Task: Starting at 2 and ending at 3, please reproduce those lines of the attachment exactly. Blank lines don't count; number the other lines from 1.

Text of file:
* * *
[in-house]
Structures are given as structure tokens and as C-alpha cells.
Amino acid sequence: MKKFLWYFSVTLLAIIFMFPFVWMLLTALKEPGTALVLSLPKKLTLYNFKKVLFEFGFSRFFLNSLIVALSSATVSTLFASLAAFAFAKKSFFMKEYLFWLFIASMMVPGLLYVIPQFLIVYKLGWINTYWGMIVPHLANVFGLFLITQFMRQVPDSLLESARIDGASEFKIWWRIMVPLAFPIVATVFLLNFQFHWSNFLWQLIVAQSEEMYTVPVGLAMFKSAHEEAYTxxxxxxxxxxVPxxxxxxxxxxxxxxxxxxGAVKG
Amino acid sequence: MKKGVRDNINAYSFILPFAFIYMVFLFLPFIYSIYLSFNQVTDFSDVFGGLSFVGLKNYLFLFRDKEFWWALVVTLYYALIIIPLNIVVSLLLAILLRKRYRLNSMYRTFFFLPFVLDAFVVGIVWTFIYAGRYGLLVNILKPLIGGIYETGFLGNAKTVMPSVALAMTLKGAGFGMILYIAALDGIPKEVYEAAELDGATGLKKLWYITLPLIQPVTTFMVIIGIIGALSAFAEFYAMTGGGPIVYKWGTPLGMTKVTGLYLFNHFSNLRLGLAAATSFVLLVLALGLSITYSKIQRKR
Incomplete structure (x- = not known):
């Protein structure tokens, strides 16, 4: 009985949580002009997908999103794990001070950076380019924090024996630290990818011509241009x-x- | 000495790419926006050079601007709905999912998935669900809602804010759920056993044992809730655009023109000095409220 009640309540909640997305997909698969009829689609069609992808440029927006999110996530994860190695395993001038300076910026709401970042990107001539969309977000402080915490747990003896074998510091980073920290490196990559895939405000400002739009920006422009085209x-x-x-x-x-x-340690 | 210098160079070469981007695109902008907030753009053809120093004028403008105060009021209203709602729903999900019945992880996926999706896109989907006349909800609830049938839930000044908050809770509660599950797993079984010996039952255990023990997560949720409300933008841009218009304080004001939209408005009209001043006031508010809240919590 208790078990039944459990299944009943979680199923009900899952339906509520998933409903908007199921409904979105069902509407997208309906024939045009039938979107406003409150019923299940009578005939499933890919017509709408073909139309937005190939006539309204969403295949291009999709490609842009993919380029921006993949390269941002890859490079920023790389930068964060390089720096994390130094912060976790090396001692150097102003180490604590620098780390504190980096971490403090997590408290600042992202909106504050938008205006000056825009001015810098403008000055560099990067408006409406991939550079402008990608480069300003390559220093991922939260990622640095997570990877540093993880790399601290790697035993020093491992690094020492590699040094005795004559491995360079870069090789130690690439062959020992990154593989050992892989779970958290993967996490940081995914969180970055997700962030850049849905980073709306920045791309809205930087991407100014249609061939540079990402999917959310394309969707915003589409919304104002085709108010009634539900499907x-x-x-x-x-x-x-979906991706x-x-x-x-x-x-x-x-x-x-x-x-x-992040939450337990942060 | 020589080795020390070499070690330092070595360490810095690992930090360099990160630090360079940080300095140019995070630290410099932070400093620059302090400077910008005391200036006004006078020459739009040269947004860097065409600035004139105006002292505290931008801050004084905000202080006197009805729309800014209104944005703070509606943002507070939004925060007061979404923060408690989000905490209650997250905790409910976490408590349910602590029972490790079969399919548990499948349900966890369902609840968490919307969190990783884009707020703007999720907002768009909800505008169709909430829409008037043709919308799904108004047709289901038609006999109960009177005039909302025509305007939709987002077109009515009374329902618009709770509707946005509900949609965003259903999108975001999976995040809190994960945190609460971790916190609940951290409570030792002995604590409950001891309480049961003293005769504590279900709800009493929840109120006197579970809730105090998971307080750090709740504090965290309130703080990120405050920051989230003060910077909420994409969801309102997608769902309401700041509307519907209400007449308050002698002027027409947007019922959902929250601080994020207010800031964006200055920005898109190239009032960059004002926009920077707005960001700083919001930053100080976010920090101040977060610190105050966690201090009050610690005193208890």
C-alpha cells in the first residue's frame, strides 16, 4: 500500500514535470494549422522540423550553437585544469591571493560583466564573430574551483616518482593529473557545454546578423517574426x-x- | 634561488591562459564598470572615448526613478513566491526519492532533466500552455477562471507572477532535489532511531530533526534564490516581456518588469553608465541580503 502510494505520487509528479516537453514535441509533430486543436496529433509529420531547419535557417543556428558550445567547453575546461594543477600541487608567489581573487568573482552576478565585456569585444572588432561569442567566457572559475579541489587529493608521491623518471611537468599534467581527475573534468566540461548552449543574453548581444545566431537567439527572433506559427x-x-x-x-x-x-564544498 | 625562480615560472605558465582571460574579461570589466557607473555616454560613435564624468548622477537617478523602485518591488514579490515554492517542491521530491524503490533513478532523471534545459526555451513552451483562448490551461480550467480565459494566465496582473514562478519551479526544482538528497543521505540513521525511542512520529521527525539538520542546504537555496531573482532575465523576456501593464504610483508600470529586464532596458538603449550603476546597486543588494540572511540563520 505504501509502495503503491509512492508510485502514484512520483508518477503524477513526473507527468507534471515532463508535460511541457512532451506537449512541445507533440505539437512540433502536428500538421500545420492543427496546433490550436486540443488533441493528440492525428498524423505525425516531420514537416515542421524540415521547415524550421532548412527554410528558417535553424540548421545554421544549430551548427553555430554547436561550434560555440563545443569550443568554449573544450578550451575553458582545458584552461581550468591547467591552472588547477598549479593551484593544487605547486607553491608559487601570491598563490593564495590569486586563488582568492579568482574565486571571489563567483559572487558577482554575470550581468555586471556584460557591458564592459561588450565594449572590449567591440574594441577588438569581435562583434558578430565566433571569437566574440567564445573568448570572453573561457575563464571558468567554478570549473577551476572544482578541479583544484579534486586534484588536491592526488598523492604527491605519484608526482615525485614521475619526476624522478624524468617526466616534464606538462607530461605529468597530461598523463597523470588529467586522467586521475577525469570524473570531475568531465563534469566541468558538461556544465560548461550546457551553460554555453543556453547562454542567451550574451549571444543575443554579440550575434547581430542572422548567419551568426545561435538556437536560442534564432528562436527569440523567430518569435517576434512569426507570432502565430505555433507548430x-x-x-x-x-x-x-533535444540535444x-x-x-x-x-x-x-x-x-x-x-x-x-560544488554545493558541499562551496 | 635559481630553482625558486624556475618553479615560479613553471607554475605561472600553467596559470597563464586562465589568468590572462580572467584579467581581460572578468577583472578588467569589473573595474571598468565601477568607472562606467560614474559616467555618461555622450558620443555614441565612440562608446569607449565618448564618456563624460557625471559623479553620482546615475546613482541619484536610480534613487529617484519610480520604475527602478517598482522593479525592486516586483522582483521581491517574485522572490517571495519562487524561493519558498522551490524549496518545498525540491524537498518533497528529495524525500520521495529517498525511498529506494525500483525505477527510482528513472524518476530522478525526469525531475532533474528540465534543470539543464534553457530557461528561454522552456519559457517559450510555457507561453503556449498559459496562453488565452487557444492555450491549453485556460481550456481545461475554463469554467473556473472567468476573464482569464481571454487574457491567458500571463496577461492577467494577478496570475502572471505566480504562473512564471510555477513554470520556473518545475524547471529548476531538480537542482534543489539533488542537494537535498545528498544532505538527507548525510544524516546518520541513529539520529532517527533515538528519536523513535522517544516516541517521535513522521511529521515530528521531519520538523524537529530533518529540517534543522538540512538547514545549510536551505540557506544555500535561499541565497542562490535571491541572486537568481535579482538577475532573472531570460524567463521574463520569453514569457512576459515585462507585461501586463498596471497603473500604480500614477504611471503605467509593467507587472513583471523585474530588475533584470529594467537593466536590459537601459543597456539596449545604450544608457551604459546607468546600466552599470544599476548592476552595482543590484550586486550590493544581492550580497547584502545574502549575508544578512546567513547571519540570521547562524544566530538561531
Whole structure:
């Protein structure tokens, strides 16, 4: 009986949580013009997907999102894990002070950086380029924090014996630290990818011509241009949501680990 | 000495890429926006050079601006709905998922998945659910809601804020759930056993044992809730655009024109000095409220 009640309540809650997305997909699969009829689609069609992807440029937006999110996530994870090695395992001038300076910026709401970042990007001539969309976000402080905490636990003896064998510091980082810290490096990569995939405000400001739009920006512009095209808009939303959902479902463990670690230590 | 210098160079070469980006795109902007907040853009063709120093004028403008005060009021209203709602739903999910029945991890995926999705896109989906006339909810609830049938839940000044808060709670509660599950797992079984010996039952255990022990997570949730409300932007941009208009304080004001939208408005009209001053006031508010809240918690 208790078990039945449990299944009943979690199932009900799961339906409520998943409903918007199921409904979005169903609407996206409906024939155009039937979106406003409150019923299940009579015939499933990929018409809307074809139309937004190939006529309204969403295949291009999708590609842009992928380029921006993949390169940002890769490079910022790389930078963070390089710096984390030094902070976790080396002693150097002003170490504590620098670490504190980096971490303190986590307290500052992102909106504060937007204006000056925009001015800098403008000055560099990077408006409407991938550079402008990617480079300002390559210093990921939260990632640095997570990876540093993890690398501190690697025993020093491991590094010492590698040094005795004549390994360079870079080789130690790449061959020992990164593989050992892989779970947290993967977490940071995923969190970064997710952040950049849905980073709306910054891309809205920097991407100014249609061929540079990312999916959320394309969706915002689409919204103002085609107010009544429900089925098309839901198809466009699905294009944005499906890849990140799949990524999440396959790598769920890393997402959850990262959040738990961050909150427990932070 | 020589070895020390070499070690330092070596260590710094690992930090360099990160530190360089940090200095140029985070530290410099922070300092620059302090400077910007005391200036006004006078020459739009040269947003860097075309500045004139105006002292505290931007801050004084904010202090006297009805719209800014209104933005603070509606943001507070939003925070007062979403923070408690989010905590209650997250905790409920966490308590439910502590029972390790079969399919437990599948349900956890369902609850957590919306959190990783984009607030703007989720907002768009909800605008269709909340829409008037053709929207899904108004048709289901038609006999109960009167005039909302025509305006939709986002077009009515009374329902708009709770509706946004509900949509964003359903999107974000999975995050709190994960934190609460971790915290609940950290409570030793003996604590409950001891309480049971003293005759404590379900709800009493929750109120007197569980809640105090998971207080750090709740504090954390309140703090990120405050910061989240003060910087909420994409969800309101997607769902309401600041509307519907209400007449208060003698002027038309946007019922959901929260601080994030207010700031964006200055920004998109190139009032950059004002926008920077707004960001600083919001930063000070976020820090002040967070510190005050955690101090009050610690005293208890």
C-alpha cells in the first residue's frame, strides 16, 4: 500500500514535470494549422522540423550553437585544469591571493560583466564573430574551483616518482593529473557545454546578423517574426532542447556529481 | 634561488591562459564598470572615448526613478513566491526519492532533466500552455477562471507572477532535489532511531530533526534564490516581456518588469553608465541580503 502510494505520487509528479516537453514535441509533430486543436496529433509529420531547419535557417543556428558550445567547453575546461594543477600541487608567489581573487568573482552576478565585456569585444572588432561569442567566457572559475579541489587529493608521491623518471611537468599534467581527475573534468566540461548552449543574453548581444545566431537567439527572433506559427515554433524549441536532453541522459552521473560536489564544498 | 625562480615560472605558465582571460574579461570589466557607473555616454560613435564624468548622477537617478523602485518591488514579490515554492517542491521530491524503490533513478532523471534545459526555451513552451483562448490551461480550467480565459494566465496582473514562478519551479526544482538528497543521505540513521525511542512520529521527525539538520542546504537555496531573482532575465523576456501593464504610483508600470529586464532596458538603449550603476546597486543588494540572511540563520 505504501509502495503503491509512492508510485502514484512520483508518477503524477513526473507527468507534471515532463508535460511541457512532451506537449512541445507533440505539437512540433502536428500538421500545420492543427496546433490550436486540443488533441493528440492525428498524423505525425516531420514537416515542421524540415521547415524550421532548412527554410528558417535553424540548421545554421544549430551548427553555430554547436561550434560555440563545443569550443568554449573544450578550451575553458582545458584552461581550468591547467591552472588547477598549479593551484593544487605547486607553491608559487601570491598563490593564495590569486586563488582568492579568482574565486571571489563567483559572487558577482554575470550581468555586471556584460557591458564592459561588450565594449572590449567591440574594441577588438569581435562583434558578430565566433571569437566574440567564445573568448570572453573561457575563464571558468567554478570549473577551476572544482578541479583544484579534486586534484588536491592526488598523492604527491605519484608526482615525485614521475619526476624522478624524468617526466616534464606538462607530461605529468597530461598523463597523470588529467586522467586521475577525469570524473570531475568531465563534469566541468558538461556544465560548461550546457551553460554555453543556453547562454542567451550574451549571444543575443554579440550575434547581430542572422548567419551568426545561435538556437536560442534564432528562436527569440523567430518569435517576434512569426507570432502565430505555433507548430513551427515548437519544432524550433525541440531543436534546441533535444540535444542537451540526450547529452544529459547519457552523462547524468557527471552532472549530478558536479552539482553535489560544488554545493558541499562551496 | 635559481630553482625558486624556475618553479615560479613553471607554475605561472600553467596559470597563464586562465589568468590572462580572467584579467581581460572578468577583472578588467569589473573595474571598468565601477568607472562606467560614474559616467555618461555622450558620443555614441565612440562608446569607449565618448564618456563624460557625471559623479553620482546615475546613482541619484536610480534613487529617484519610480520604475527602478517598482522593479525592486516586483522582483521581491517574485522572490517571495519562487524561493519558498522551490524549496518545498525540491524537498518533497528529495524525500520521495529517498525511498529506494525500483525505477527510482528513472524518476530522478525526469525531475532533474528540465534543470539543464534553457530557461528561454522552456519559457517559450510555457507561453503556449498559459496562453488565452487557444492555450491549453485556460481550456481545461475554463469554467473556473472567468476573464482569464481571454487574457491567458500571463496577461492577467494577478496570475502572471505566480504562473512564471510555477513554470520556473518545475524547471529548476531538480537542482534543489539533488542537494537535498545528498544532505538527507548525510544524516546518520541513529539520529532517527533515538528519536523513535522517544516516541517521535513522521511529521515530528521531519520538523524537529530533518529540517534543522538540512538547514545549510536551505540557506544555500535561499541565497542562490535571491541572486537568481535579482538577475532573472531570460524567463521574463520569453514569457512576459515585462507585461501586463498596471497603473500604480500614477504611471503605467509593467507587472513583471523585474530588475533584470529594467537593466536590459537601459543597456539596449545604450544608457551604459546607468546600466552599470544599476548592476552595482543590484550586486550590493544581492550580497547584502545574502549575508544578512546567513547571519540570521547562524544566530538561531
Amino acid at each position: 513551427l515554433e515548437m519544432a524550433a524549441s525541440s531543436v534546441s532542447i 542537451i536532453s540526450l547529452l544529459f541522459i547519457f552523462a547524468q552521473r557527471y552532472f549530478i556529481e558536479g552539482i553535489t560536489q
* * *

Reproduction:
Structures are given as structure tokens and as C-alpha cells.
Amino acid sequence: MKKFLWYFSVTLLAIIFMFPFVWMLLTALKEPGTALVLSLPKKLTLYNFKKVLFEFGFSRFFLNSLIVALSSATVSTLFASLAAFAFAKKSFFMKEYLFWLFIASMMVPGLLYVIPQFLIVYKLGWINTYWGMIVPHLANVFGLFLITQFMRQVPDSLLESARIDGASEFKIWWRIMVPLAFPIVATVFLLNFQFHWSNFLWQLIVAQSEEMYTVPVGLAMFKSAHEEAYTxxxxxxxxxxVPxxxxxxxxxxxxxxxxxxGAVKG